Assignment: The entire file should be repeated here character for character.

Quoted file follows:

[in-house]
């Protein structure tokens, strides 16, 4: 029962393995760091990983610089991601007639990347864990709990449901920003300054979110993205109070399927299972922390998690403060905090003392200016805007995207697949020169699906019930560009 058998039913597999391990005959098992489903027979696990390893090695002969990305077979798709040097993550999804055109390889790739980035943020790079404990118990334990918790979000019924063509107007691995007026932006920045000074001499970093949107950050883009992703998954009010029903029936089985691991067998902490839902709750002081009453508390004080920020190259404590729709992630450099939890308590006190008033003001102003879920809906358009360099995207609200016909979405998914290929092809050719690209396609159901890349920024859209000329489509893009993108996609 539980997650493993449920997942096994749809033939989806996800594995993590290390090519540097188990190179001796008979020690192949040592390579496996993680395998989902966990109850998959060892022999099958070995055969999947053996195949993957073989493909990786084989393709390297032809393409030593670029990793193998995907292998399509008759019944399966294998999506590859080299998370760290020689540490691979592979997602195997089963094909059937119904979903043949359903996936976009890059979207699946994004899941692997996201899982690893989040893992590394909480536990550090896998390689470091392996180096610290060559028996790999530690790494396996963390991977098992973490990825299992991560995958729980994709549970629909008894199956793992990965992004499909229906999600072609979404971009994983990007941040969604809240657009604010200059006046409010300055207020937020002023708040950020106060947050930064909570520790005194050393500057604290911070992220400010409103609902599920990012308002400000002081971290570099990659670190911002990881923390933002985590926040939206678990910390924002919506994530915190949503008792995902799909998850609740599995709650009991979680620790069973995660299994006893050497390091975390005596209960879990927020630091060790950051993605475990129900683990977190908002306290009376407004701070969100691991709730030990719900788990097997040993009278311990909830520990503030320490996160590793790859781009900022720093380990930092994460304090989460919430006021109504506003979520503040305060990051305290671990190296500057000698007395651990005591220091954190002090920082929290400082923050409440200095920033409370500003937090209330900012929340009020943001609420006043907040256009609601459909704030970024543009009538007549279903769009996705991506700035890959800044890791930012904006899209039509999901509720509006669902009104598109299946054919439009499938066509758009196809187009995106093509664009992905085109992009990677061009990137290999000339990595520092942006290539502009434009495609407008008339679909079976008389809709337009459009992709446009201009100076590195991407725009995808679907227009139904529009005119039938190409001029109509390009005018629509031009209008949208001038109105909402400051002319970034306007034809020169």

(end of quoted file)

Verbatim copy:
[in-house]
């Protein structure tokens, strides 16, 4: 029962393995760091990983610089991601007639990347864990709990449901920003300054979110993205109070399927299972922390998690403060905090003392200016805007995207697949020169699906019930560009 058998039913597999391990005959098992489903027979696990390893090695002969990305077979798709040097993550999804055109390889790739980035943020790079404990118990334990918790979000019924063509107007691995007026932006920045000074001499970093949107950050883009992703998954009010029903029936089985691991067998902490839902709750002081009453508390004080920020190259404590729709992630450099939890308590006190008033003001102003879920809906358009360099995207609200016909979405998914290929092809050719690209396609159901890349920024859209000329489509893009993108996609 539980997650493993449920997942096994749809033939989806996800594995993590290390090519540097188990190179001796008979020690192949040592390579496996993680395998989902966990109850998959060892022999099958070995055969999947053996195949993957073989493909990786084989393709390297032809393409030593670029990793193998995907292998399509008759019944399966294998999506590859080299998370760290020689540490691979592979997602195997089963094909059937119904979903043949359903996936976009890059979207699946994004899941692997996201899982690893989040893992590394909480536990550090896998390689470091392996180096610290060559028996790999530690790494396996963390991977098992973490990825299992991560995958729980994709549970629909008894199956793992990965992004499909229906999600072609979404971009994983990007941040969604809240657009604010200059006046409010300055207020937020002023708040950020106060947050930064909570520790005194050393500057604290911070992220400010409103609902599920990012308002400000002081971290570099990659670190911002990881923390933002985590926040939206678990910390924002919506994530915190949503008792995902799909998850609740599995709650009991979680620790069973995660299994006893050497390091975390005596209960879990927020630091060790950051993605475990129900683990977190908002306290009376407004701070969100691991709730030990719900788990097997040993009278311990909830520990503030320490996160590793790859781009900022720093380990930092994460304090989460919430006021109504506003979520503040305060990051305290671990190296500057000698007395651990005591220091954190002090920082929290400082923050409440200095920033409370500003937090209330900012929340009020943001609420006043907040256009609601459909704030970024543009009538007549279903769009996705991506700035890959800044890791930012904006899209039509999901509720509006669902009104598109299946054919439009499938066509758009196809187009995106093509664009992905085109992009990677061009990137290999000339990595520092942006290539502009434009495609407008008339679909079976008389809709337009459009992709446009201009100076590195991407725009995808679907227009139904529009005119039938190409001029109509390009005018629509031009209008949208001038109105909402400051002319970034306007034809020169």